Though cunning in many ways, the opossum is singularly simple in others. There is hardly any animal more easily captured; for it will walk into the clumsiest of traps, and permit itself to be ensnared by a device at which an American rat would look with utter contempt.
[Page 203] The dead-fall, garrote, or stout snare may all be employed, being baited with any of the substances already described. The steel trap 2-1/1 or 3 is most commonly used, being set in the haunts of the animal, and slightly scented with musk.
See Fox and Beaver, for directions for skinning, stretching, etc., etc.
The rabbit or “cotton tail,” as he is familiarly termed, is too well-known to need any description here. From Maine to Texas our woods abound with these fleet-footed little creatures, of which there are several American species. They are the swiftest of all American quadrupeds, and have been known to clear over twenty feet in a single leap. They are all natural burrowers, although they often forego the trouble of excavating a home when one can be found already made, and which can be easily modified or adapted to their purposes. The common rabbit of New England often makes its home or “form,” beneath a pile of brush or logs, or in crevices in rocks. Here it brings forth its young, of which there are often three or four litters a year. The creature becomes a parent at a very early age, and by the time that a rabbit is a year old it may have attained the dignity of a grand parent.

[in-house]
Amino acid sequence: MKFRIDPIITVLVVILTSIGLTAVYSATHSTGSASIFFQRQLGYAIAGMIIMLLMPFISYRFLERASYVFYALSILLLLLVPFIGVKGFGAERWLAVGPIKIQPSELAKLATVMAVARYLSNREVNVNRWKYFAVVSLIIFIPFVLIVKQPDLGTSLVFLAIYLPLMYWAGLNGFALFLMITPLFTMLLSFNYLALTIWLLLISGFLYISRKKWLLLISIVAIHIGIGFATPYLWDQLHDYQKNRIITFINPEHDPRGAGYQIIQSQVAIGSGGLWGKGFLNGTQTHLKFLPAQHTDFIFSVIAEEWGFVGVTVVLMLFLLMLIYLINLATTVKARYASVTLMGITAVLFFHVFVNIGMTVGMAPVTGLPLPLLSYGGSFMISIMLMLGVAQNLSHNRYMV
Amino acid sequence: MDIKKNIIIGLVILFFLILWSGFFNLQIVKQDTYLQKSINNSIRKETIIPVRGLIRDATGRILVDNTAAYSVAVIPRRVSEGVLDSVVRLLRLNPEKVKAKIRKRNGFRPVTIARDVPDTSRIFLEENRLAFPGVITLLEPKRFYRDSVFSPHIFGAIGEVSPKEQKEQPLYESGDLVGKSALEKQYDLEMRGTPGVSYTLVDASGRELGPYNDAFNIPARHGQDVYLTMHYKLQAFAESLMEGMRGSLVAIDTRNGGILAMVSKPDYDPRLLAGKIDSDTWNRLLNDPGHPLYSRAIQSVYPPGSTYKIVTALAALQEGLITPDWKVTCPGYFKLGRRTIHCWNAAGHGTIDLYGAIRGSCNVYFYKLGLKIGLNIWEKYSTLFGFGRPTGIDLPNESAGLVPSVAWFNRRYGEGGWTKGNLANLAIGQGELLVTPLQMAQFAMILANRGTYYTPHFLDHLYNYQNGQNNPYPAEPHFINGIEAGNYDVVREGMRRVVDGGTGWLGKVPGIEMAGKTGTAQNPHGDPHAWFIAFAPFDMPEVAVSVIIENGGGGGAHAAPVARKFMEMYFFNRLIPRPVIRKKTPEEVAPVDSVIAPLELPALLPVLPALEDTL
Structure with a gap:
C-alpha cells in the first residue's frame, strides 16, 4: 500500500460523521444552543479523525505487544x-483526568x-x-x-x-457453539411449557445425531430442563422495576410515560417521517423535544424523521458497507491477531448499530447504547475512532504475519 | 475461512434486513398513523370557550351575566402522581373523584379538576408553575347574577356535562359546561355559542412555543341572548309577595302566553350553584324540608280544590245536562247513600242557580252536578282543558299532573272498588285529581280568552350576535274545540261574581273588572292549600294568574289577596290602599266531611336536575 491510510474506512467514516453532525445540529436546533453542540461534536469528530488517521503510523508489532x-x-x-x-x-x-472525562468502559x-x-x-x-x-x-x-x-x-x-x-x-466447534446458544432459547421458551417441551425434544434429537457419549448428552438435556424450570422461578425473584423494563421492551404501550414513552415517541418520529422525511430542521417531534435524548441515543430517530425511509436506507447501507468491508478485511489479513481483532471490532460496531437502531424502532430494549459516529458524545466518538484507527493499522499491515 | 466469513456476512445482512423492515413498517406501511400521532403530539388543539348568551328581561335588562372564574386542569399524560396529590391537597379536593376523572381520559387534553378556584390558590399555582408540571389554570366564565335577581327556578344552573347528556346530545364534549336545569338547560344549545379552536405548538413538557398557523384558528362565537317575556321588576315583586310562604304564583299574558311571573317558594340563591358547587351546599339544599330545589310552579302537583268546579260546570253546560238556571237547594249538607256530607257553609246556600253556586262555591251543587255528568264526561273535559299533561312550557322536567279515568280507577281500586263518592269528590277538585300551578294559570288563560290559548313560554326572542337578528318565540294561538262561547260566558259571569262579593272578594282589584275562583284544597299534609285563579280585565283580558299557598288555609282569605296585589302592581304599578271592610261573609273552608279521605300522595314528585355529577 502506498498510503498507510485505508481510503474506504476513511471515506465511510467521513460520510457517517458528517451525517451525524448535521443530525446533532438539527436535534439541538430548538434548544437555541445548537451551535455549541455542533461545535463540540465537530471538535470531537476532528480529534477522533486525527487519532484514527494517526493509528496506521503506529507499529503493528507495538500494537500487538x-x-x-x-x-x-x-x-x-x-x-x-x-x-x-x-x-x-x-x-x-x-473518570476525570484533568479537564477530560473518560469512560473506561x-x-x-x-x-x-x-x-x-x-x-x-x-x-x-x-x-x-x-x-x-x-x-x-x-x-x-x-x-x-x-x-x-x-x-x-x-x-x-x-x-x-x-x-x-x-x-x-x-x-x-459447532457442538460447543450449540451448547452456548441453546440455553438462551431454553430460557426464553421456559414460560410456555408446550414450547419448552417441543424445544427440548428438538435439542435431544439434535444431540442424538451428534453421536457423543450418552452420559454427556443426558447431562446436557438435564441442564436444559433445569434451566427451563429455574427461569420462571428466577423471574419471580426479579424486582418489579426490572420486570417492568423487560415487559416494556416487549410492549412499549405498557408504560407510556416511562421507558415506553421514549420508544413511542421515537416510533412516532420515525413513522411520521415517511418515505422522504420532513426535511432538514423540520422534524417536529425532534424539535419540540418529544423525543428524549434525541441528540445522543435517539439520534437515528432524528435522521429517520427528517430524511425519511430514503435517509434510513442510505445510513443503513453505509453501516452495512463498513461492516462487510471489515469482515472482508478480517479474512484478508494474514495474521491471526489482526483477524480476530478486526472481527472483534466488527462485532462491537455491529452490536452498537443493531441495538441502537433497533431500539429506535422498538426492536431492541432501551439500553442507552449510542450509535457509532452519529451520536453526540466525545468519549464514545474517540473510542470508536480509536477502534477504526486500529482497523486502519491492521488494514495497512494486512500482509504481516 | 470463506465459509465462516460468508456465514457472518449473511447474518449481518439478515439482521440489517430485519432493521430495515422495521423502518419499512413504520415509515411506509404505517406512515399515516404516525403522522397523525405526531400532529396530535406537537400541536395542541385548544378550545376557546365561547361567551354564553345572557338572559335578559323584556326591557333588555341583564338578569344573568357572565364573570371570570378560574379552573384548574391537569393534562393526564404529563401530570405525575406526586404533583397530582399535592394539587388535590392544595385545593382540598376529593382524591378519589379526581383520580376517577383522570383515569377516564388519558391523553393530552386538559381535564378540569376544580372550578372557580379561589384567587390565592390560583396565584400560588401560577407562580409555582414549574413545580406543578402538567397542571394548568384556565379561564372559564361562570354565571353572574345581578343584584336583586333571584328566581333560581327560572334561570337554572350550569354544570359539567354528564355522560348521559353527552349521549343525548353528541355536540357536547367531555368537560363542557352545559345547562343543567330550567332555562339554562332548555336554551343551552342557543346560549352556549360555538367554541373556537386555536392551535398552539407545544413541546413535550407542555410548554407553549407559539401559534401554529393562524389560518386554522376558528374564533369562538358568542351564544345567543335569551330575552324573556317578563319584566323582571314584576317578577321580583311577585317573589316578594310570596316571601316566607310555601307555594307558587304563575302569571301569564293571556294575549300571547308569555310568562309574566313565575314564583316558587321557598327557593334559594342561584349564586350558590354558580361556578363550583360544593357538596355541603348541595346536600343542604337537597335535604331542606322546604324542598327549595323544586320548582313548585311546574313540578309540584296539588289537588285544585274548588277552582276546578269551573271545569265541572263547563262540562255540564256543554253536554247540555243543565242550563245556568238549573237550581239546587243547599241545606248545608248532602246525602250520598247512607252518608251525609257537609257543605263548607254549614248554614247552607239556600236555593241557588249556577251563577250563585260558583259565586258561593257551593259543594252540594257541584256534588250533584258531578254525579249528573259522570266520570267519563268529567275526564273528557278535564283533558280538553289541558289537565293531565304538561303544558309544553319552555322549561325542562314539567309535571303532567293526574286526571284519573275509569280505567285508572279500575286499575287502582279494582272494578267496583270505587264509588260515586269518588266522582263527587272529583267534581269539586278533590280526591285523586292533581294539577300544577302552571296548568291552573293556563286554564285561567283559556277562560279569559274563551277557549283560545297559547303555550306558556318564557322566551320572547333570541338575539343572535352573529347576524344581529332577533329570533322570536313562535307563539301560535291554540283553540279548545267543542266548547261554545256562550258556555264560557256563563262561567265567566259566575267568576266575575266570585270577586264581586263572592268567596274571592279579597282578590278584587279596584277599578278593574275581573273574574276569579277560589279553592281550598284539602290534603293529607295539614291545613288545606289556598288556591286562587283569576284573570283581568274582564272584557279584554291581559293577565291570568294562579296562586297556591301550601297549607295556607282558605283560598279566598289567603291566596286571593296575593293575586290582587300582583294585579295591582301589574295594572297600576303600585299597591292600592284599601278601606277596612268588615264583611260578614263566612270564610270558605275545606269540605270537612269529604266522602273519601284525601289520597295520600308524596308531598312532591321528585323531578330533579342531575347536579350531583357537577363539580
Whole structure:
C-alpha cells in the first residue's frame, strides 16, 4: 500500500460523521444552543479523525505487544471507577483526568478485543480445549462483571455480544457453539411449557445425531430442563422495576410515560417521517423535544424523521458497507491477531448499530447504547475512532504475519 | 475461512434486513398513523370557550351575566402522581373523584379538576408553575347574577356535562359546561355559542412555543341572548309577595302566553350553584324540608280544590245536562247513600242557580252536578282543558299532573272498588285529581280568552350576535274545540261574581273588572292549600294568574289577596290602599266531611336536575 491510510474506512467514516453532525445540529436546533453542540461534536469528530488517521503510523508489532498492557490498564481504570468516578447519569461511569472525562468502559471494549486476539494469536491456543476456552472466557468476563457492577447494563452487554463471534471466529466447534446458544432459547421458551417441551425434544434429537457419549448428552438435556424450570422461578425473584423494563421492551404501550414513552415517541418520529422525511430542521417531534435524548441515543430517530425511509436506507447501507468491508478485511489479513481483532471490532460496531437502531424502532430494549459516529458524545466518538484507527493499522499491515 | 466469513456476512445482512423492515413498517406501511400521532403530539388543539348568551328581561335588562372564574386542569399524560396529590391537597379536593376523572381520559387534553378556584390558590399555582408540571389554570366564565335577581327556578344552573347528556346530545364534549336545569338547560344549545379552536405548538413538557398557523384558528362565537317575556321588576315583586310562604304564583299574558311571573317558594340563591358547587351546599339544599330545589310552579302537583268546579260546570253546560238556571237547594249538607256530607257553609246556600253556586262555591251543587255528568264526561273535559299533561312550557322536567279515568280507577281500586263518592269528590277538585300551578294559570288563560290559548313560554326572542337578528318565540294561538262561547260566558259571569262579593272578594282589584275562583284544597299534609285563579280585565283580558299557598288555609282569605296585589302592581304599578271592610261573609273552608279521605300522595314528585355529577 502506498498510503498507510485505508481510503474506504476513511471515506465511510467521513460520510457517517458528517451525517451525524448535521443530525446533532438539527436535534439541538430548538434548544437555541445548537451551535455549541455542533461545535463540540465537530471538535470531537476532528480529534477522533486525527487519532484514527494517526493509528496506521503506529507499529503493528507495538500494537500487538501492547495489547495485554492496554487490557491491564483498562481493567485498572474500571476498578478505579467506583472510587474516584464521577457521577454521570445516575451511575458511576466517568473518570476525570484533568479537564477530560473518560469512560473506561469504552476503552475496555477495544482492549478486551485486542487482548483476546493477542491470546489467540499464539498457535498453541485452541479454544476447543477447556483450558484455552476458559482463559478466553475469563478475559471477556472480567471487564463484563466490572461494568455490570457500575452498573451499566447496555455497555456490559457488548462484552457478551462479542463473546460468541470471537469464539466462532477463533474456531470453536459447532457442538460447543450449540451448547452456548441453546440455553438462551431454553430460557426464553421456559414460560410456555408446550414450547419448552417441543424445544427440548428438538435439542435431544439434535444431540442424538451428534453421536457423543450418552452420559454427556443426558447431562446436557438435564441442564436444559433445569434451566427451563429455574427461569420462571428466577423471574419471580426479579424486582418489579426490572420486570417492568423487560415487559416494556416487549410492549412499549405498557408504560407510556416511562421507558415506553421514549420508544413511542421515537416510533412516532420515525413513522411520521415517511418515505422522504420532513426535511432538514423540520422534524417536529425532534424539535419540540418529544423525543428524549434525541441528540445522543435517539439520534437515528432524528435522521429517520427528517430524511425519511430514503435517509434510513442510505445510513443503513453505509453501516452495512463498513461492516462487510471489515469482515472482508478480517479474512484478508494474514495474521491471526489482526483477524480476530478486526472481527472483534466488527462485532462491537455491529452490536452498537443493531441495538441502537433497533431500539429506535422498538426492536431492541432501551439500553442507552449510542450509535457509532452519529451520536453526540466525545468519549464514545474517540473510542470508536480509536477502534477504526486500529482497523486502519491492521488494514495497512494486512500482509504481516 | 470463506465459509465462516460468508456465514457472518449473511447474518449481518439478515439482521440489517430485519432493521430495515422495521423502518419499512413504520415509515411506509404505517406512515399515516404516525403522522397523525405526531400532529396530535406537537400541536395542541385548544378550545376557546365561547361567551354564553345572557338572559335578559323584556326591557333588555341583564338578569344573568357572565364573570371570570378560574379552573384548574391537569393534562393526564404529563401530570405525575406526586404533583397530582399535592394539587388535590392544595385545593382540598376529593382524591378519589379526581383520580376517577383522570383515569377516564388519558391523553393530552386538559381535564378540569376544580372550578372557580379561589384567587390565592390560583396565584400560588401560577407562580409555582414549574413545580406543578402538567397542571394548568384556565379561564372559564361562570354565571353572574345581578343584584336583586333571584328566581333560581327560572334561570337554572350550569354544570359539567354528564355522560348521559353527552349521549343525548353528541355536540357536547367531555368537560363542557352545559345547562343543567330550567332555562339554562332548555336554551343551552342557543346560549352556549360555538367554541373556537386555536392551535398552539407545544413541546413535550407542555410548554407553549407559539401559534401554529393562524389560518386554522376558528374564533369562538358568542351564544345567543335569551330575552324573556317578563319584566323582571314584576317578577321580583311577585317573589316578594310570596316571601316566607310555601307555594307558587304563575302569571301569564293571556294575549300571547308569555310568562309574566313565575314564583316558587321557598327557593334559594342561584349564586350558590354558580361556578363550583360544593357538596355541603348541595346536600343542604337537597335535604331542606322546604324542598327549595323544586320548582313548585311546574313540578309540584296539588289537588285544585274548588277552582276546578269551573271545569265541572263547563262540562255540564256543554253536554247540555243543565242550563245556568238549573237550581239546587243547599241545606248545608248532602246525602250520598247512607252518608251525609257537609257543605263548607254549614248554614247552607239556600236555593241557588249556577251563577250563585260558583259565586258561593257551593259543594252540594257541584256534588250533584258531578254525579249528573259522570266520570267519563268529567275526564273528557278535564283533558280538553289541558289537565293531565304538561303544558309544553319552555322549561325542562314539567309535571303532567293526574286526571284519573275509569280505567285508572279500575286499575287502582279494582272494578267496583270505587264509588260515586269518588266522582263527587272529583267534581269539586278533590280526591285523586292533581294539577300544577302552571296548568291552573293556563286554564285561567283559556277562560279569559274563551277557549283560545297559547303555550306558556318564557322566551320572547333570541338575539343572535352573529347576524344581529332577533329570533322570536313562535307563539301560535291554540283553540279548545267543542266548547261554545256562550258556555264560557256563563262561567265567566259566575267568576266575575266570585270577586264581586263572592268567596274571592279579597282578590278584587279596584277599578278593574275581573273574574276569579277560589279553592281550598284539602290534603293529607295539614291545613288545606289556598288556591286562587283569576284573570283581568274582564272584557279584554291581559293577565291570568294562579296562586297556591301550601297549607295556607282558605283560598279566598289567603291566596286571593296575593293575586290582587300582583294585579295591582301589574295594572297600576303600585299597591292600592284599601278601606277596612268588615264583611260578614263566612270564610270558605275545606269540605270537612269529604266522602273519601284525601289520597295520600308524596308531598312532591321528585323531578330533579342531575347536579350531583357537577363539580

The food of the rabbit consists of grasses, bark, leaves, bulbs, young twigs, buds, berries and the like, and of cultivated vegetables of all kinds, when opportunity favors. When surprised in the woods it manifests its alarm by violently striking the ground with its feet, causing the peculiar sound so often noticed at their first jump. The animal is fond of pursuing a beaten path in the woods, and is often snared at such places. Its enemies, beside man, are the lynx, and other carnivorous animals, hawks, owls, and even the domestic cat.
The rabbit is a favorite game with all amateur sportsmen, and the devices used in its capture are multitudinous. It is by no means a difficult animal to trap, and a glance through the second and fourth sections of our book, will reveal many ingenious snares and other contrivances, commonly and successfully used.
The Box trap, page 103, is perhaps the most universal example of rabbit trap, but the Self-setting trap, page 110, and Double-ender, page 109, are also equally effective where the animal is desired to be taken alive. If this is not an object, the snare is to be recommended as simple in construction and sure in its result.
[Page 204] The above constitute the only devices commonly used for the capture of the rabbit, the steel trap being dispensed with. On page 109 will be found additional remarks concerning the rabbit, and many hints no baiting, etc., are also given under the heads of the various traps above alluded to.